GUEST ARTICLE: How To Thrive In An Age Of Tax Transparency
International tax regimes proliferate - with all the delights of reporting and compliance associated with them. This article examines life in a more transparent age.
As international tax regimes such as the Common Reporting Standard take effect, specific issues for wealth managers, advisors and clients proliferate. This article explores some of the terrain. It is by Clive Shelton, group compliance director of IFDS. The views are those of the author and not necessarily shared by the editors of this news service. The article is welcomed as an addition to debate – readers are invited to respond.
International taxation has become a dominant political issue, with the tax affairs of global corporations receiving greater public scrutiny than ever before. As this attention translates into government intervention, financial services firms, even those which are used to going below the radar, are going to have to pay more than just lip service to the matter. The US Congress estimates that the US economy loses $100 billion a year from tax avoidance and evasion, and governments across the developed world are increasingly prioritising the issue. As such, legislators have turned their focus to ensuring financial services firms (and their clients) pay their way and act reputably in their tax dealings. This is now driving a swathe of regulation changes in the taxation space.
The growing international acceptance of automatic exchange of information agreements such as the Foreign Account Tax Compliance Act (FATCA) and the Common Reporting Standard (CRS) has focused attention on ensuring investors cannot avoid or evade paying the tax they owe. By collecting and sharing information on tax residency, it is now easier than ever before to track would-be evaders. The introduction of the OECD’s Base Erosion and Profit Shifting (BEPS) programme over the course of the next 18 months will crack down on tax arrangements that, whilst legal at the moment, are seen by politicians, the media and the public alike as ethically wrong.
Legislators globally are showing a growing determination to address issues and problems in the global tax landscape. Financial firms will face far more interest from tax authorities in spheres as varied as withholding tax, capital gains tax, treaty benefits and staff remuneration. In this new era of tax compliance, international agreements will expose firms to ever greater regulatory scrutiny and failure to meet these demands risks being very costly both in legal and reputational terms. All this will put increasing pressure on financial data systems to comply with transparency regulations.
Meeting new regulations
With the requirements to know more about the tax residency of investors, together with a clear trend towards pursuing criminal convictions against tax evaders and those who enable tax evasion, it will become even more important that know-your-customer and anti-money-laundering processes demonstrate high standards, along with the self-certification process for the automatic exchange of information agreements. The collection and safe maintenance of more data and information on clients will be essential.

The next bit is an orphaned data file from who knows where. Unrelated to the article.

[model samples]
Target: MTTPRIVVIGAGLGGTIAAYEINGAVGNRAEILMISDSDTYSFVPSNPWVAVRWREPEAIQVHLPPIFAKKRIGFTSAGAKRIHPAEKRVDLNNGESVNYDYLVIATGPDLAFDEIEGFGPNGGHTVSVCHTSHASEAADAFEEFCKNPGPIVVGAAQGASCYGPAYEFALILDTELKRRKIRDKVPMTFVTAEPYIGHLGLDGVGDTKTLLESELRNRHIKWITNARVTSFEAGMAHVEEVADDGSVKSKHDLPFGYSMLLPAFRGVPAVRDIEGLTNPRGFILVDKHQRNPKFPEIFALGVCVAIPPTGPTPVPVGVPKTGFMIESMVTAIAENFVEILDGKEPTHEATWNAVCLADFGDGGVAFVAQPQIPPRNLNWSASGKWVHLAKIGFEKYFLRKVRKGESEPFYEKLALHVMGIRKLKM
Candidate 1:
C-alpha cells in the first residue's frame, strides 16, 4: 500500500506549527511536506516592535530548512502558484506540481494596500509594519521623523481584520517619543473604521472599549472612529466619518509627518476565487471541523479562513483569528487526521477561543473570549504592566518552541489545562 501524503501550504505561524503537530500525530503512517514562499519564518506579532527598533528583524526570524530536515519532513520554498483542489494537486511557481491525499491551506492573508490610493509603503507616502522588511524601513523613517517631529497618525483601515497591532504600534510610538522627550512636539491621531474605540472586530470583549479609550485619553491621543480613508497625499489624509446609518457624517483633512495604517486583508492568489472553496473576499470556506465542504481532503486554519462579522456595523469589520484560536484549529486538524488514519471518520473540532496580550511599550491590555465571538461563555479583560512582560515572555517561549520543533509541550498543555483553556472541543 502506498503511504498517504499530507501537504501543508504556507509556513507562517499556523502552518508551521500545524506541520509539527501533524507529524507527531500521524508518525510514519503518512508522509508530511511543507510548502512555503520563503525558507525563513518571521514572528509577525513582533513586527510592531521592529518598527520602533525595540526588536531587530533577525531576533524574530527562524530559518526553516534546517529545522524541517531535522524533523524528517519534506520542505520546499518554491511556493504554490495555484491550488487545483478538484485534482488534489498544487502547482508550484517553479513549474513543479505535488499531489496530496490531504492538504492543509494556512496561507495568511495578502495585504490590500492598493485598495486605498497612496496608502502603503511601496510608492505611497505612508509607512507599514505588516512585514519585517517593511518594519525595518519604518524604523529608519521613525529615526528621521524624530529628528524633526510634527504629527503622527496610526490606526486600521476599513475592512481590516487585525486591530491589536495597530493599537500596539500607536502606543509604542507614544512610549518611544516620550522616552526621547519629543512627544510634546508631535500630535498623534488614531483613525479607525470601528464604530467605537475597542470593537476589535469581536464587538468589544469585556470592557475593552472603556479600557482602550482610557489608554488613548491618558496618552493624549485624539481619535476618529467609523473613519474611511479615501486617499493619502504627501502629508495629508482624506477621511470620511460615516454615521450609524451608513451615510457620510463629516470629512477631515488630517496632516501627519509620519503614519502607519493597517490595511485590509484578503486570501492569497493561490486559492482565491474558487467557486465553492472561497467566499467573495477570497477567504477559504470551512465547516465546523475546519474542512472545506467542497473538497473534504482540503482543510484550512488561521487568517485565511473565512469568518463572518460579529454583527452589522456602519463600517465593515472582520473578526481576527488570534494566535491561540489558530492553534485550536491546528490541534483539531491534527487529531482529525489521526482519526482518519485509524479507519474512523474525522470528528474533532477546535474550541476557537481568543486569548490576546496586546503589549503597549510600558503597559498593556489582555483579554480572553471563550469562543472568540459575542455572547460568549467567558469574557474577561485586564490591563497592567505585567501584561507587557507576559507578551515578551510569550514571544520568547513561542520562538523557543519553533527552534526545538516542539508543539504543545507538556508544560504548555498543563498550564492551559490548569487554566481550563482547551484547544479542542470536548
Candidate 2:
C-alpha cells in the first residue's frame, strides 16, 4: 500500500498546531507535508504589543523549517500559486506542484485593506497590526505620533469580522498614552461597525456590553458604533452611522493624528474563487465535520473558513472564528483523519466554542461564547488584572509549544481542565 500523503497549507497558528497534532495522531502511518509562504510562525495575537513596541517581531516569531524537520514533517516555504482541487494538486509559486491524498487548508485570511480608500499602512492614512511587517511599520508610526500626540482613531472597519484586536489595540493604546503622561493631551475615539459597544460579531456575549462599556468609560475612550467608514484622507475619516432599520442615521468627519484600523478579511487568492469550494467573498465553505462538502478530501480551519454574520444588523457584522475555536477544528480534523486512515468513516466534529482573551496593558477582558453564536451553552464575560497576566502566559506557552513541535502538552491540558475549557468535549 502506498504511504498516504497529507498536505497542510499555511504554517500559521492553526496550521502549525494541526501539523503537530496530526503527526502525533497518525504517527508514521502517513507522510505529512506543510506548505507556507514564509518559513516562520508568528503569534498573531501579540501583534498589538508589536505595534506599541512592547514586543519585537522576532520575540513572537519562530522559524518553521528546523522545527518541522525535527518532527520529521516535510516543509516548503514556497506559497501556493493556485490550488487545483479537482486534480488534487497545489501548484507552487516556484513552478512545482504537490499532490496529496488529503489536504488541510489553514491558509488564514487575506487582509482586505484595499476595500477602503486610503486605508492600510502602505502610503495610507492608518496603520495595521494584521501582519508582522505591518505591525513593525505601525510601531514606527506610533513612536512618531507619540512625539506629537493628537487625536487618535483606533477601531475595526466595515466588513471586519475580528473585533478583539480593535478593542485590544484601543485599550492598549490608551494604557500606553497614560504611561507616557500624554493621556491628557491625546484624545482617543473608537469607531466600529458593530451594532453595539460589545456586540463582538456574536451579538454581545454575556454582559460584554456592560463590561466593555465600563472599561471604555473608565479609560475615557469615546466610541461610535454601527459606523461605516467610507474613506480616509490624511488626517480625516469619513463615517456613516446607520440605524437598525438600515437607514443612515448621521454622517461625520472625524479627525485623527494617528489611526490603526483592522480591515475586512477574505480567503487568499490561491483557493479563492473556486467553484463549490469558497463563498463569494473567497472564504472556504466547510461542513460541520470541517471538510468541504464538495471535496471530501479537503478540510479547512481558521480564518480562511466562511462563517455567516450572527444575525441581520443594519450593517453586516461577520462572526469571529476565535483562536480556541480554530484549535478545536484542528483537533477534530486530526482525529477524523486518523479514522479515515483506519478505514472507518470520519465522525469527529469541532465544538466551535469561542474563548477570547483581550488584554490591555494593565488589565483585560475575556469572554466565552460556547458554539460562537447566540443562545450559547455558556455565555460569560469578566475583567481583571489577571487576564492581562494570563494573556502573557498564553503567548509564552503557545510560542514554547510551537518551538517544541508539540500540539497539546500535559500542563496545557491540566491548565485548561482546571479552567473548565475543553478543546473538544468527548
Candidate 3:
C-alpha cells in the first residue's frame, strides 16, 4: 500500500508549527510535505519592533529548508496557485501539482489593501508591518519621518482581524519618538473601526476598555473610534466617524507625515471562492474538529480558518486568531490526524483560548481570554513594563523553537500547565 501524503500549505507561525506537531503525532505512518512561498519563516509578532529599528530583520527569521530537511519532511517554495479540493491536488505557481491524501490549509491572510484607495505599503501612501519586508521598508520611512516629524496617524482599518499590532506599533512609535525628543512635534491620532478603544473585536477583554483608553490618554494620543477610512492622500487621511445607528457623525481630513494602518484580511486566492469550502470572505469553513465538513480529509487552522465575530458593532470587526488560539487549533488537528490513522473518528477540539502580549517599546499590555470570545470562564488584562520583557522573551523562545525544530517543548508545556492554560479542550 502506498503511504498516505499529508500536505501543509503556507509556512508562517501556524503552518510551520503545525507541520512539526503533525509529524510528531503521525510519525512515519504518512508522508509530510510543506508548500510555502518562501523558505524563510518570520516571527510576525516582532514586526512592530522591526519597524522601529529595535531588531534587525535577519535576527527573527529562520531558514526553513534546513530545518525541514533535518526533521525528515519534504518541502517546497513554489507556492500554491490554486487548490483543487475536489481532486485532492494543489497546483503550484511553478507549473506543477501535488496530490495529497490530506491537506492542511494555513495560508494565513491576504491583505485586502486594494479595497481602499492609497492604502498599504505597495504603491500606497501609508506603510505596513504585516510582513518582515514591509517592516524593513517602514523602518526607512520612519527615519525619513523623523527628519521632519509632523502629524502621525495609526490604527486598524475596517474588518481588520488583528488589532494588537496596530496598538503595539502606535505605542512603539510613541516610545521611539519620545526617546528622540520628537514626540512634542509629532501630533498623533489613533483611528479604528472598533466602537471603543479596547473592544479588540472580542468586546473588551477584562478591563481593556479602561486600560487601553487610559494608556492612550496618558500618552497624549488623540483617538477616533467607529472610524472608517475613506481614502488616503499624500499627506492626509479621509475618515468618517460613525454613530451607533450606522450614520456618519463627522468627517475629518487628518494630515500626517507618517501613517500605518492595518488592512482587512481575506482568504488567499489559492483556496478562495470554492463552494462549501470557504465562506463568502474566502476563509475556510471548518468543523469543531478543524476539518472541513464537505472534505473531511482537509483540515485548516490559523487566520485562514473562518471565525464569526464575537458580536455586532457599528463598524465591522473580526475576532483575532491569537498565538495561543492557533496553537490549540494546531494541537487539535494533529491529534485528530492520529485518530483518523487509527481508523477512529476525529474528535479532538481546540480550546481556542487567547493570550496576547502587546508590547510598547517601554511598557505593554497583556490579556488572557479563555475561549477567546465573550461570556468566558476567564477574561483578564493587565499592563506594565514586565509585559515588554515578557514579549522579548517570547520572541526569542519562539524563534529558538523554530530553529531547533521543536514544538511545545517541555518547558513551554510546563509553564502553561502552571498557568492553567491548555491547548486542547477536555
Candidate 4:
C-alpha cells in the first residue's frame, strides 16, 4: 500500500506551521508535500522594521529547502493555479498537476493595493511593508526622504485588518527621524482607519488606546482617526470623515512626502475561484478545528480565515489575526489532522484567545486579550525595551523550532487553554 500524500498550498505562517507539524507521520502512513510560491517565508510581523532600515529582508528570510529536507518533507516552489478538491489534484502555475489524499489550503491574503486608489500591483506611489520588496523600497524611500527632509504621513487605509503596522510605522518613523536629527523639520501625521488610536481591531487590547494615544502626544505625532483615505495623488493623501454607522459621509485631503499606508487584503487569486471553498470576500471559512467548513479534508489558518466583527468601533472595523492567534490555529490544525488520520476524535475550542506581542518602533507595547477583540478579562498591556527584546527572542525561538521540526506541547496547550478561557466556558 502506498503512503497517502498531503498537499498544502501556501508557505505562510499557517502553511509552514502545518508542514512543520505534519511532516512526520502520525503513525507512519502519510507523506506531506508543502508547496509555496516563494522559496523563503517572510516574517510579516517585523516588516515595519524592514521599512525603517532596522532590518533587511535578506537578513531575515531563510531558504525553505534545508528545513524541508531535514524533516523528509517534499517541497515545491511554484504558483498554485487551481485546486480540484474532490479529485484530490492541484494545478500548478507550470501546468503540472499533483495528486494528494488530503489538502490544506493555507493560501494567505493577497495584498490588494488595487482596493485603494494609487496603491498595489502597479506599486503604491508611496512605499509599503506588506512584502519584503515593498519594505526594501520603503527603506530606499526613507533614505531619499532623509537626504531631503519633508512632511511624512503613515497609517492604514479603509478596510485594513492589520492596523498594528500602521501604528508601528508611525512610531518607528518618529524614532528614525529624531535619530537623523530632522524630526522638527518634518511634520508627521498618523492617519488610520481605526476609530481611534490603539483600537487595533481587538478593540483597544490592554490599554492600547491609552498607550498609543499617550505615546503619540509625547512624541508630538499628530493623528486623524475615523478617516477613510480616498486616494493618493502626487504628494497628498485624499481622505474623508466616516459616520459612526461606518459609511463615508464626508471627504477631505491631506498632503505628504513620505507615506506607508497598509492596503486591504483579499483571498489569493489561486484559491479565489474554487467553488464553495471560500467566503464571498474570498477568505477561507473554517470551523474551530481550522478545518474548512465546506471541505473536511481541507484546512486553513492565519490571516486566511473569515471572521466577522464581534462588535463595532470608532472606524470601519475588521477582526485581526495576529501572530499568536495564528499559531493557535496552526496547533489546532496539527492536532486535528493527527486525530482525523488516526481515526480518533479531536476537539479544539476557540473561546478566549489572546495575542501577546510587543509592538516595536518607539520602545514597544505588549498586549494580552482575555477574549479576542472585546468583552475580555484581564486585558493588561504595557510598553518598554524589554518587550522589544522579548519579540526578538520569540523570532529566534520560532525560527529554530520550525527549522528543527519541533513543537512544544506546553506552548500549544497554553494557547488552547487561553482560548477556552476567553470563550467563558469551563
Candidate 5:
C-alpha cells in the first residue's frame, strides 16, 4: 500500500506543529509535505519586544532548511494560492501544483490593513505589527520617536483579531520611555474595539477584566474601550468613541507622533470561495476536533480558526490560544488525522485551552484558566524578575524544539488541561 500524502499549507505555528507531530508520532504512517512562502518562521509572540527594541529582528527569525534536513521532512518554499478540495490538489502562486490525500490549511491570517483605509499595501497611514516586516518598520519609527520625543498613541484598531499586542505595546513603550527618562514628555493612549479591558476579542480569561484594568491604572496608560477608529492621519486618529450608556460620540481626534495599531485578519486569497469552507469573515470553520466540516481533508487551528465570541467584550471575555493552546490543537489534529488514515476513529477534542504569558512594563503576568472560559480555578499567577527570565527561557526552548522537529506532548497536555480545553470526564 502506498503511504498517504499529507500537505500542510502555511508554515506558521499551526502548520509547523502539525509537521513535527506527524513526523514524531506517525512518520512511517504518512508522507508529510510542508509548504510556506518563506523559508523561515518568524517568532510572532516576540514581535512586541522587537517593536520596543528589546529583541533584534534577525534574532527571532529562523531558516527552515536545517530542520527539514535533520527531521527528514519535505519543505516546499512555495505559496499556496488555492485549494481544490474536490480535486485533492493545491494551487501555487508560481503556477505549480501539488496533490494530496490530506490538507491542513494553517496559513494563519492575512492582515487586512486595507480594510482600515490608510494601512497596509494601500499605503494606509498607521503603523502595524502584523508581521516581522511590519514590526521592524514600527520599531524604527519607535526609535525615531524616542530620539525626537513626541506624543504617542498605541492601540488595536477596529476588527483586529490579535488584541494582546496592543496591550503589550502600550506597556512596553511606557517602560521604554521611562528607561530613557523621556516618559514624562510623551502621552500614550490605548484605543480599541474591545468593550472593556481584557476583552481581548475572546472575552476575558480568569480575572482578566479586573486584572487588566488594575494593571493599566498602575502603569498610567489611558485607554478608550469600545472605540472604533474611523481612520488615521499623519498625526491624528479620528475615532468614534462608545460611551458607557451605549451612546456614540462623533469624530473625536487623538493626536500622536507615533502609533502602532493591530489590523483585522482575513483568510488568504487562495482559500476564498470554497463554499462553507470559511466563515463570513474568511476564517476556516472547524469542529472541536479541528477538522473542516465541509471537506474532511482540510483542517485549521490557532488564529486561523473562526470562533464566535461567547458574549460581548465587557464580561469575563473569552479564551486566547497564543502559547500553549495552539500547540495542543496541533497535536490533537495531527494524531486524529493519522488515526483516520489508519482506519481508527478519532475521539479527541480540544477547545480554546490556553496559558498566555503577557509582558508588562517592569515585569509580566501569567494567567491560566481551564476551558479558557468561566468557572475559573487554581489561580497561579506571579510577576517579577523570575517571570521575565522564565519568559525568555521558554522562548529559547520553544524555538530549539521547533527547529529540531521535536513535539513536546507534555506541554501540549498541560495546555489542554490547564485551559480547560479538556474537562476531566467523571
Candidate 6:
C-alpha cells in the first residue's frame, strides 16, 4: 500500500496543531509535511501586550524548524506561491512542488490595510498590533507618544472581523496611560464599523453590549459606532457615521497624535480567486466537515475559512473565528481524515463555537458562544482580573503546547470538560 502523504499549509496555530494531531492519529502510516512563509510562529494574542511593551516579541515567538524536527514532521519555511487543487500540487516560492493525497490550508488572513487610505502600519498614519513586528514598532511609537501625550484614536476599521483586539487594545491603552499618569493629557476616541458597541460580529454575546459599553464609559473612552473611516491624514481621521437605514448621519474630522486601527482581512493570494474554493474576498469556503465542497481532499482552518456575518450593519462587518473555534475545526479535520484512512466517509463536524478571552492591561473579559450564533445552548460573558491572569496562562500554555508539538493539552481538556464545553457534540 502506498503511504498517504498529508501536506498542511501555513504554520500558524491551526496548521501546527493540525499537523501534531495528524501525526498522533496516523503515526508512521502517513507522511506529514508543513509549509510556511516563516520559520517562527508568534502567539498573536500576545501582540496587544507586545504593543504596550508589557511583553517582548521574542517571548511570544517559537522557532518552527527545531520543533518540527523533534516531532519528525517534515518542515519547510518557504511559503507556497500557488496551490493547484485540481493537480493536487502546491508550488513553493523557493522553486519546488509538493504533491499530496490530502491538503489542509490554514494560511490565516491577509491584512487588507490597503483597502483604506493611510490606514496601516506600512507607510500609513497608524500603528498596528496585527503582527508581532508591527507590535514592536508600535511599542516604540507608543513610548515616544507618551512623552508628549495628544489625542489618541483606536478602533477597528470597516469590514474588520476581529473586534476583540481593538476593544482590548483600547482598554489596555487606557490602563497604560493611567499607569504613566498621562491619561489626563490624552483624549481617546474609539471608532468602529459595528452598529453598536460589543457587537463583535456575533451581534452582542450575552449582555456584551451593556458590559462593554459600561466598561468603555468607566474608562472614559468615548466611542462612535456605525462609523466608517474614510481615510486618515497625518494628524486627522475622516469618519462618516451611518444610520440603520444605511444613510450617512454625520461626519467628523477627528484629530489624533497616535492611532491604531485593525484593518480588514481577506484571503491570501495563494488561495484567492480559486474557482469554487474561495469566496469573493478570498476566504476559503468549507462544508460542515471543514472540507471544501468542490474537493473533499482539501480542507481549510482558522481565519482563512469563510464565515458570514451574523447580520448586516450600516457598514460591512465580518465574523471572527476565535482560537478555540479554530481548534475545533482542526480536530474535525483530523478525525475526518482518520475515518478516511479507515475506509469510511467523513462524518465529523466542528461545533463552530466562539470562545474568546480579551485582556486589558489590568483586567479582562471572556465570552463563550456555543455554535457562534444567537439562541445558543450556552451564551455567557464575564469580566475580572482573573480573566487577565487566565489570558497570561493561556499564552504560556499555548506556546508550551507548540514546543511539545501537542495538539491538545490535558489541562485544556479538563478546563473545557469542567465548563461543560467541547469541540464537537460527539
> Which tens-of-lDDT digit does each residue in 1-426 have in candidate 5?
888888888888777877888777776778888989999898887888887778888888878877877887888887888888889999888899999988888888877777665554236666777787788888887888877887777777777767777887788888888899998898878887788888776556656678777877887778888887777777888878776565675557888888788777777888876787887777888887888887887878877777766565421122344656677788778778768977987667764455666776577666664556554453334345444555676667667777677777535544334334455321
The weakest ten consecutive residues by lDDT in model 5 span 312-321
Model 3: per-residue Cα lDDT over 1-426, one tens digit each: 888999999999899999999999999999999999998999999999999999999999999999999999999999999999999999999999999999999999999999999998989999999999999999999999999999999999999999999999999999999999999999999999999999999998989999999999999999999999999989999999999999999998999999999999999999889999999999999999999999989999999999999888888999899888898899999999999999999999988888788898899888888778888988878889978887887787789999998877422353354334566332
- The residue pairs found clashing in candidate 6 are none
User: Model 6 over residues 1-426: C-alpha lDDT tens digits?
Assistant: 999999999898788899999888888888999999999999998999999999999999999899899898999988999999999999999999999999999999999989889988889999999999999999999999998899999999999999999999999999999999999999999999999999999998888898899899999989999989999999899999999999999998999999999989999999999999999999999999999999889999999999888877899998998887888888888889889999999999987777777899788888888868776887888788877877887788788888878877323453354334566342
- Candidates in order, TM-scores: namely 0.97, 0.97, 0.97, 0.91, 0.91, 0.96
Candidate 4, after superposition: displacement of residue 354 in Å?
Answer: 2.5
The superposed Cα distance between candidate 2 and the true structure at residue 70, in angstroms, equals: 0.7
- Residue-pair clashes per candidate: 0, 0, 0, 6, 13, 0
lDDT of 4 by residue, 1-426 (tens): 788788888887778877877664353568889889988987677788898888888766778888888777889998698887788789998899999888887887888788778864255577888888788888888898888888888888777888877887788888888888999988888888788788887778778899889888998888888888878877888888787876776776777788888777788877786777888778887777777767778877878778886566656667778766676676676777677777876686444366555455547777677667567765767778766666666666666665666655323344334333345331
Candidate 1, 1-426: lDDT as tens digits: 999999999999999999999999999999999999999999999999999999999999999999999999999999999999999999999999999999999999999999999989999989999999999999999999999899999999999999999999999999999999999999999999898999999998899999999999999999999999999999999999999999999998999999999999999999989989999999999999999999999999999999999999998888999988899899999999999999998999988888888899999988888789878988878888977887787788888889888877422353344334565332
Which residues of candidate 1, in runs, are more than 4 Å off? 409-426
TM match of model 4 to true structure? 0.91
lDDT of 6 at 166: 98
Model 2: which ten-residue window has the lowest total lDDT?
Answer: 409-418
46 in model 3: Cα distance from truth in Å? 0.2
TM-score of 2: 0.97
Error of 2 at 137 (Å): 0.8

How this data is used is important for both tax authorities and financial services firms. There is obvious risk in this area: ensuring processes are robust enough to avoid mistakes while adhering to data protection requirements. However, this also presents an opportunity for asset managers to enhance investor service and communications through a tailored approach, including in depth insight into tax matters and the diversity of tax strategies.
It remains to be seen whether the BEPS initiative is implemented consistently. If it is not, tax legislation will get more complex and further national divergence will appear. Investors may not be eligible for the treaty benefits they have access to now and corporates may need to change their arrangements due to new threshold and Controlled Foreign Company (CFC) rules. As a result, it may be that asset managers begin to offer products reflecting specific tax profiles. Where currently a fund domiciled in Luxembourg or Ireland may be marketed to investors all over Europe, it is likely that bespoke tax structures will mean that funds domiciled in certain jurisdictions will be designed for investors with tax interests in those countries.
The place of nominee accounts in the investment chain may also change. Are nominee accounts flexible enough to provide firms with both information that satisfies their tax transparency requirements and services requisite to their needs? In the UK, there are already net and gross nominees but this may not be enough in the future as new structures emerge. The number of accounts held directly with the asset manager may increase as a result.